Geometrical heterogeneities along layer interfaces play a key role to determine the geometries of folds developed during shortening of competent layers. We present a series of numerical simulations to investigate the influence of initial sinusoidal perturbations on folding of single layers. Models consist of a competent viscous single layer embedded in a softer matrix, with the layer oriented parallel to the shortening direction. We first generalise the wide spectrum of sinusoidal perturbations accounting for asymmetries along and across a competent single-layer, using two parameters: transversal asymmetry (A’) and longitudinal asymmetry (φ). These two parameters allow studying a transition between classical fold shape and pinch-and-swell geometries. The parameter A’ describes the development of fold hinges with different geometries between upper and lower layer interfaces and abnormal curvatures between outer and inner arcs of fold hinges. The parameter φ induces a strong polarity on folds, with systematic preferred orientation of the pinch and swell regions of the layer, even if there is no shear component parallel to the layer. Our results demonstrate the importance of structural inheritance on the resulting fold geometries and suggest that caution must be taken when using certain types of asymmetric folds as strain markers and kinematic indicators.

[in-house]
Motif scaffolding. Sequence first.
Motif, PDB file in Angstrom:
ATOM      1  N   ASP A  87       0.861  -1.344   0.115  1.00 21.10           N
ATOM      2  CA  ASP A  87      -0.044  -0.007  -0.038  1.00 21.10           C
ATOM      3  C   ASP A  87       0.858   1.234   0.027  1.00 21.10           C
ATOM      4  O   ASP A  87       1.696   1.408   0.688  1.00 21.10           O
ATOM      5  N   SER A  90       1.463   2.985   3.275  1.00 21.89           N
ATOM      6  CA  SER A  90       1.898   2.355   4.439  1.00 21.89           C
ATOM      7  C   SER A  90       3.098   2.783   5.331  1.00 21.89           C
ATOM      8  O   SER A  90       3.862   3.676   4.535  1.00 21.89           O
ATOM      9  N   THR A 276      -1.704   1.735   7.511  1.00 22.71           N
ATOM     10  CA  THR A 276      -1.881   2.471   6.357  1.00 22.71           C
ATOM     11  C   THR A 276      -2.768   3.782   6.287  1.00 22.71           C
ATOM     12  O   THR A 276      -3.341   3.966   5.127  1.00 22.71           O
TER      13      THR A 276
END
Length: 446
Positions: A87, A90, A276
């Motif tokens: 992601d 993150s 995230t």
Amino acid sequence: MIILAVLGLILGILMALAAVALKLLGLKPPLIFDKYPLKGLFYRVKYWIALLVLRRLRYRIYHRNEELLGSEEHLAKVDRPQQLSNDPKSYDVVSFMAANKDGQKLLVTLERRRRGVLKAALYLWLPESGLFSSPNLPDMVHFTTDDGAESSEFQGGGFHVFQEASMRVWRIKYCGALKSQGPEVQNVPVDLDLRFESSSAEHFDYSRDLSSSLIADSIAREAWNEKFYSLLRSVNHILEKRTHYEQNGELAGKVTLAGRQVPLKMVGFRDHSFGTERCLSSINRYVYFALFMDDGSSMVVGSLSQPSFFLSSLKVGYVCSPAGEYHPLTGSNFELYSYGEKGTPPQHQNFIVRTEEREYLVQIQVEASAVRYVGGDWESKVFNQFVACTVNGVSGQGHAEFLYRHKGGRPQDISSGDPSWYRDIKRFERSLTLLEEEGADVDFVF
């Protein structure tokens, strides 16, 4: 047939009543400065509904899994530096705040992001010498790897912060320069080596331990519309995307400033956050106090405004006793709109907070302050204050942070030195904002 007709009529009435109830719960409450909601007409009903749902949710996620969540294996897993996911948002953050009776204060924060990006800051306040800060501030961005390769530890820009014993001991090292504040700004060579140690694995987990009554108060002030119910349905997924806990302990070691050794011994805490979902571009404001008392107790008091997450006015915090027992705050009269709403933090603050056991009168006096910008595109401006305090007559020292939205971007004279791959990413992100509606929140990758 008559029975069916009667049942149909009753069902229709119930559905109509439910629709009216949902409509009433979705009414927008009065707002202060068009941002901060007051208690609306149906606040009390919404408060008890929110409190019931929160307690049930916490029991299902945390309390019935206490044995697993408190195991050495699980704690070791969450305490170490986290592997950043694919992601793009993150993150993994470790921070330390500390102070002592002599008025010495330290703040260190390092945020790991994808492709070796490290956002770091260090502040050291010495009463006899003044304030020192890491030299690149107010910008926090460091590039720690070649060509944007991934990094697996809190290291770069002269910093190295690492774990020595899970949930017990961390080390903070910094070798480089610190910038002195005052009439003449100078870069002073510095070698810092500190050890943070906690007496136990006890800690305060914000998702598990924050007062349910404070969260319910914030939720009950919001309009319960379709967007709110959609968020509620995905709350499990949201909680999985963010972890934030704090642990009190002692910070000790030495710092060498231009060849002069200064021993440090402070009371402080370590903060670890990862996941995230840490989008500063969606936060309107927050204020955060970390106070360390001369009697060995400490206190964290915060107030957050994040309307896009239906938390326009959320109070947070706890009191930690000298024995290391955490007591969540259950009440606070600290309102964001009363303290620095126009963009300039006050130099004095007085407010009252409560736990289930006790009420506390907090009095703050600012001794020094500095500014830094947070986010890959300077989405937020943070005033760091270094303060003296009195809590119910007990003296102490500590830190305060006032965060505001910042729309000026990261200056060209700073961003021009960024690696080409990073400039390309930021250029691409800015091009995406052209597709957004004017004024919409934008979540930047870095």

- structural inheritance
- geometrical heterogeneities
- asymmetric folds
- fold shapes
Griera, A., Gomez Rivas, E., & Llorens, M-G. (2018). Influence of layer interface geometry on single-layer folding. Geological Society Special Publications , 487, 59-79. https://doi.org/10.1144/SP487.4